I recently had to stop in the road because two little dogs had dashed into the street. One crossed the road, but the other got confused and was wandering. I prayed for the poor things, but then I realized what they’d been after and was floored.
A large dog was jogging beside a woman. He stayed right at her side, never seeming to even notice the little yapper that was chasing after him. He never broke stride, never looked away. He was doing EXACTLY what he’d been trained to do.
And he was carrying his own leash. Literally. He held it in his mouth as he jogged down the sidewalk beside a woman who obviously had total trust in him. And the two made me think.
In a sense, we’re all like that dog. God calls us to run along beside Him, but though He gives us a guide (the Word and the Spirit) that He could use as a leash to control us, He ultimately leaves the decisions up to us. What do we do? What do I do? Do I actively choose to walk faithfully beside Him, not turning to the right or left?
I’m going through the Flourish journey (Passion Publishing/Lifeway) with friends, and we’re studying Psalm 119. I’m also, in my private time, working my way through Job yet again. It is amazing how much the two books teach me the same lesson.
“If your law had not been my delight, I would have perished in my affliction. I will never forget your precepts, for by them you have preserved my life. Save me, for I am yours; I have sought out your precepts. The wicked are waiting to destroy me, but I will ponder your statutes.” Psalm 119:92-95 (ESV)
These verses also reflect a truth about Job. He could have written them, in fact. Job’s delight was in God’s precepts. They were more important to him than food. They were the most important thing in his life.
This passion is why his faith was so great that it prompted God to bring Job to the devil’s attention, and even though Job slipped near the end of the trial, the foundation that was his faith kept him from going under.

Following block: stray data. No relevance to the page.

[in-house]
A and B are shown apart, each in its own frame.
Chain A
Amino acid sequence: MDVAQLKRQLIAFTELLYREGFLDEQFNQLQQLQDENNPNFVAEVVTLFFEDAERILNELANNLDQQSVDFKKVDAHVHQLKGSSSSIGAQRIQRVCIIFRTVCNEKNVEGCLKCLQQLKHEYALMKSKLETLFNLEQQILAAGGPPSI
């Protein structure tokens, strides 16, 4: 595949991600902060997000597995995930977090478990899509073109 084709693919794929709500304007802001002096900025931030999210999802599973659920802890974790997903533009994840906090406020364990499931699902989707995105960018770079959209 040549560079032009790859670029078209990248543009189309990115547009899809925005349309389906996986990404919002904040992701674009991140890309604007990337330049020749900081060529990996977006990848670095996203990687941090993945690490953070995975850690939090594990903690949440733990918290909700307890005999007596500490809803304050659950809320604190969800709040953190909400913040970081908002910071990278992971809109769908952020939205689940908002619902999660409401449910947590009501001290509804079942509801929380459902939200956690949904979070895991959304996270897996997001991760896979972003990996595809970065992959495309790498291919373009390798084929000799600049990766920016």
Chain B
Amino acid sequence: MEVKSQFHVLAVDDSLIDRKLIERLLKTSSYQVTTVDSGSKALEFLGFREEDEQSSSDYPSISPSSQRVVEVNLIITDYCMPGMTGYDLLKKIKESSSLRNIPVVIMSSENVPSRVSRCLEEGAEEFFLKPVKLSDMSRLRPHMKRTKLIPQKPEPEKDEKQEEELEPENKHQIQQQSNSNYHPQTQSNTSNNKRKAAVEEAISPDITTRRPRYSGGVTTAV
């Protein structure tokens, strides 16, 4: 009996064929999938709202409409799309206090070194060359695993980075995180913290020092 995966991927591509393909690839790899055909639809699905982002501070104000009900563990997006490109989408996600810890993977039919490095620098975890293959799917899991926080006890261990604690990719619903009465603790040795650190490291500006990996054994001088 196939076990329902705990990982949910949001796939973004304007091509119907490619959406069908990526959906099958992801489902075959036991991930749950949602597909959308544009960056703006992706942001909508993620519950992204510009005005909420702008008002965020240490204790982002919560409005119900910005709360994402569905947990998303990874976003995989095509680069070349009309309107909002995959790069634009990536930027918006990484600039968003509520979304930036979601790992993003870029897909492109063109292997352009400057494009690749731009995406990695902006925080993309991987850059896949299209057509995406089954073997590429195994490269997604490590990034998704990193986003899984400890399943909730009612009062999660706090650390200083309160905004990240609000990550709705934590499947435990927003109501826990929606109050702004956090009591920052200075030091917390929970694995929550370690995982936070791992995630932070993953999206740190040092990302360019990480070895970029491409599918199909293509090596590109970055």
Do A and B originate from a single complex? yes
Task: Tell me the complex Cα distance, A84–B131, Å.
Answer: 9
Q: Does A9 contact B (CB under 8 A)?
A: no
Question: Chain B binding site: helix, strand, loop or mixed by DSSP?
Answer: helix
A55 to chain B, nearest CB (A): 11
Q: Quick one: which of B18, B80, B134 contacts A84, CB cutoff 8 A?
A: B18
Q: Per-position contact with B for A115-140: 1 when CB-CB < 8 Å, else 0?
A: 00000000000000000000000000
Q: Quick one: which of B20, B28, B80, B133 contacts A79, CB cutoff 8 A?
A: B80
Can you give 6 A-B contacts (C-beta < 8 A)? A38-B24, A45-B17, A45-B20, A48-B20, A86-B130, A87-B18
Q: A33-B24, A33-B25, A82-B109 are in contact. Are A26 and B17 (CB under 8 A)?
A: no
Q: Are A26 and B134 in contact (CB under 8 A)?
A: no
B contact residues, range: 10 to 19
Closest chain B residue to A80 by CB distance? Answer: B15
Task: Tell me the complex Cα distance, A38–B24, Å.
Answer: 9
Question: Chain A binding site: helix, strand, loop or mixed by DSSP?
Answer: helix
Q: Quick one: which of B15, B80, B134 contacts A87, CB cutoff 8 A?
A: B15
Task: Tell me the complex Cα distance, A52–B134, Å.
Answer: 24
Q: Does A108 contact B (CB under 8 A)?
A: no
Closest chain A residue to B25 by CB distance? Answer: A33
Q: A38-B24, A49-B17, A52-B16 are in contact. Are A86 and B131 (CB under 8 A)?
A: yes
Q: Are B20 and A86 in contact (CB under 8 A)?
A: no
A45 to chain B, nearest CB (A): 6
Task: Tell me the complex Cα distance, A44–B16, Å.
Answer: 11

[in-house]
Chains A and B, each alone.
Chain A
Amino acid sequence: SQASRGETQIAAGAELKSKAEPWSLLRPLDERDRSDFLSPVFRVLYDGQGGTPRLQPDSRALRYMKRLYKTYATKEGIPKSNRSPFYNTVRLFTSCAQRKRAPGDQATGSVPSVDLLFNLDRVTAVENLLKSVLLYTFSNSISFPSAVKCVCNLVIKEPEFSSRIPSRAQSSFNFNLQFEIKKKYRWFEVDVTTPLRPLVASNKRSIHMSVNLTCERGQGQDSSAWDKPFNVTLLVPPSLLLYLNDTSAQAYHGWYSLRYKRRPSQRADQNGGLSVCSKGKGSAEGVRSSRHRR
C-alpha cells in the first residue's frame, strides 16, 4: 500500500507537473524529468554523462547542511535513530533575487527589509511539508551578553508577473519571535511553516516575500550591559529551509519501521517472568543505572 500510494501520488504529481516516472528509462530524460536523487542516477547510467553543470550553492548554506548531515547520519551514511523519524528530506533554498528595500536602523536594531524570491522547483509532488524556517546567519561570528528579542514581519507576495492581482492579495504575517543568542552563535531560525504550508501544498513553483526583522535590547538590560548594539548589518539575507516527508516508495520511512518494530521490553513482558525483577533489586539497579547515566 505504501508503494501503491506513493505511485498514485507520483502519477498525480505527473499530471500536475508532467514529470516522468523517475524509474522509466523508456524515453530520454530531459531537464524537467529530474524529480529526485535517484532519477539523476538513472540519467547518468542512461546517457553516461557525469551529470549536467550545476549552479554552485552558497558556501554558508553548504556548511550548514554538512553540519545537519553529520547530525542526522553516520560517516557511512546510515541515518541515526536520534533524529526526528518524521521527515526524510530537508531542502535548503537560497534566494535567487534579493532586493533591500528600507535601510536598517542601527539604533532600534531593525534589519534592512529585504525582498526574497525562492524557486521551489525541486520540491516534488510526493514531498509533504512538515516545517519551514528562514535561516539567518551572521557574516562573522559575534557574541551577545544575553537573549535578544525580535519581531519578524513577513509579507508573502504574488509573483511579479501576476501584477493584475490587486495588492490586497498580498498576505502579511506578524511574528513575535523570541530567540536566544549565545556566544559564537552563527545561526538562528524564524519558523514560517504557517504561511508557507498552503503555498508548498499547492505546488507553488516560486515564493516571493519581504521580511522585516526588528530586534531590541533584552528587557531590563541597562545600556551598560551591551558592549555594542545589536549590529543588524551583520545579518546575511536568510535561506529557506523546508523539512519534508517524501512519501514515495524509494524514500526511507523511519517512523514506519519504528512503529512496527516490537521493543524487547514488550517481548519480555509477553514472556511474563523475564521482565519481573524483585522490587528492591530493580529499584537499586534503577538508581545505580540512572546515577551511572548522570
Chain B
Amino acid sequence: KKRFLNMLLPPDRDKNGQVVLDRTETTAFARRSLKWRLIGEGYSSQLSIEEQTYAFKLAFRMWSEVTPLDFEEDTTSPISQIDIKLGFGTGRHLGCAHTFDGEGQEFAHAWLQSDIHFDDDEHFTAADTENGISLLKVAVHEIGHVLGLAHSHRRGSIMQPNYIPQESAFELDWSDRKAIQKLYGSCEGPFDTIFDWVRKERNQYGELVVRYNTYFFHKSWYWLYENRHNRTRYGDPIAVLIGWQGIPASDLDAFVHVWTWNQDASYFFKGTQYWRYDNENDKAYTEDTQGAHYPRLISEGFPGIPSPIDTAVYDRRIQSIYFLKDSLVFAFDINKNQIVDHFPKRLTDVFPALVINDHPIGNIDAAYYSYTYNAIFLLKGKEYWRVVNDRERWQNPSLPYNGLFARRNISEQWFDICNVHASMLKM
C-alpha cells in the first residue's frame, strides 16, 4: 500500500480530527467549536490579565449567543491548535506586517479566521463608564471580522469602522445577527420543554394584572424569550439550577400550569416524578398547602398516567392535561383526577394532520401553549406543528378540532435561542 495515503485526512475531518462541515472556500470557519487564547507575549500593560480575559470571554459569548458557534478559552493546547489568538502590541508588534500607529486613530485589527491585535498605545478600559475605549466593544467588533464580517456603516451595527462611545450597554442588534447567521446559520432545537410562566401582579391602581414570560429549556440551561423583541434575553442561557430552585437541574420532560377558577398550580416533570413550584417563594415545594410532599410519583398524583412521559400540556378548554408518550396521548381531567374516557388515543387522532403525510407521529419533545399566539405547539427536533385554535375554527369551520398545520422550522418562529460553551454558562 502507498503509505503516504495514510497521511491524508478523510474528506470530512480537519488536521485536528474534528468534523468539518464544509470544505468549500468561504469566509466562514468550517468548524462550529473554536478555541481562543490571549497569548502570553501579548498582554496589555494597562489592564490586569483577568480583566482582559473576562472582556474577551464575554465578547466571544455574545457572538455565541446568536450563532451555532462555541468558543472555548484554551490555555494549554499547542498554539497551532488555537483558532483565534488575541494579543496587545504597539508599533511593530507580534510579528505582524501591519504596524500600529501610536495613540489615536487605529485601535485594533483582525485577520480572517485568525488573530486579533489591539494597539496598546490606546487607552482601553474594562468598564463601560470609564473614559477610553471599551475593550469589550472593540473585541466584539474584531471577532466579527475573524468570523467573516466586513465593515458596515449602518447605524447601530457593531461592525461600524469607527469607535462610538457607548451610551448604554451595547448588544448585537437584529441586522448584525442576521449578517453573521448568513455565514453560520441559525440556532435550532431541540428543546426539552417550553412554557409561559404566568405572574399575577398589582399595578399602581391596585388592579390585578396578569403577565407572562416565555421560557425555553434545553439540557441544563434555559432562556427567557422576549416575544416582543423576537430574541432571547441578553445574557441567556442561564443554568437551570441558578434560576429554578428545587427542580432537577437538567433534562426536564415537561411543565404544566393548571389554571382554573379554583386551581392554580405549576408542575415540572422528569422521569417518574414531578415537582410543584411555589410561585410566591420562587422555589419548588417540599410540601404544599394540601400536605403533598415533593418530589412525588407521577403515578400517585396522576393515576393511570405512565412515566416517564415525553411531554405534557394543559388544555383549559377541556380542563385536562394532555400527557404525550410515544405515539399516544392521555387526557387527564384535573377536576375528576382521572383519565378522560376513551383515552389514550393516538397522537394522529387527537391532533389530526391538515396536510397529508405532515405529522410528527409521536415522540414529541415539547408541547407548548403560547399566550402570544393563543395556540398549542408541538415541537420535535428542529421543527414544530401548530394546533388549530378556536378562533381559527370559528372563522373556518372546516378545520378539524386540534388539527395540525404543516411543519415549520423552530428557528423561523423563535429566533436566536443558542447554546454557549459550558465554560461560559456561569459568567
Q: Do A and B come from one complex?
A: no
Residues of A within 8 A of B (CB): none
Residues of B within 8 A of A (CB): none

After all was said and done, it could have been Job who declared, “If your law had not been my delight, I would have perished in my affliction.”
In our Flourish journey, we are sharing what God teaches us, and I love how He gives each of us our own, personal lessons while we study the same words. So far, my lessons have all revolved around this point: The Word is paramount, and making it the focal point of my life is essential. It’s not that I CAN immerse myself in it and make it a part of me; it’s that I MUST immerse myself in it and make it a part of me.
Everything else that seems important will eventually disappear. Only one is eternal: God’s Word. (1 Peter 1:24-25) That alone should be enough to make us realize how vital it is to our very lives.
“I go late because I don’t like the music.”
“I don’t like how our preacher seems to preach the same message every week.”
“I want to make my kids happy. They want a church with a better youth group.”
I’m pretty sure that, after decades of actively serving God, I’ve heard it all. There’s one big problem with all of these statements – the word I. Want to know a secret – that isn’t a secret? Church isn’t about us, what we want, or what we like.
I mean, seriously. Do you think every Israelite man wanted to make the trip to Jerusalem to worship as they were commanded to do? Man is the same throughout the ages, so I’m pretty comfortable saying, “No.” Some of those men didn’t want to make the trek to Jerusalem just as surely as many men today don’t want to make the trip to church on Sunday morning. So why did they go?
Because they knew it wasn’t about them, that it was about God and the worship He deserves as God. No matter how many miles they had to walk hauling livestock for sacrifice, no matter how much they hated crowds and noise, no matter how long they would have to wait in line, no matter if they knew going in that they wouldn’t enjoy themselves at all…IT WASN’T ABOUT THEM.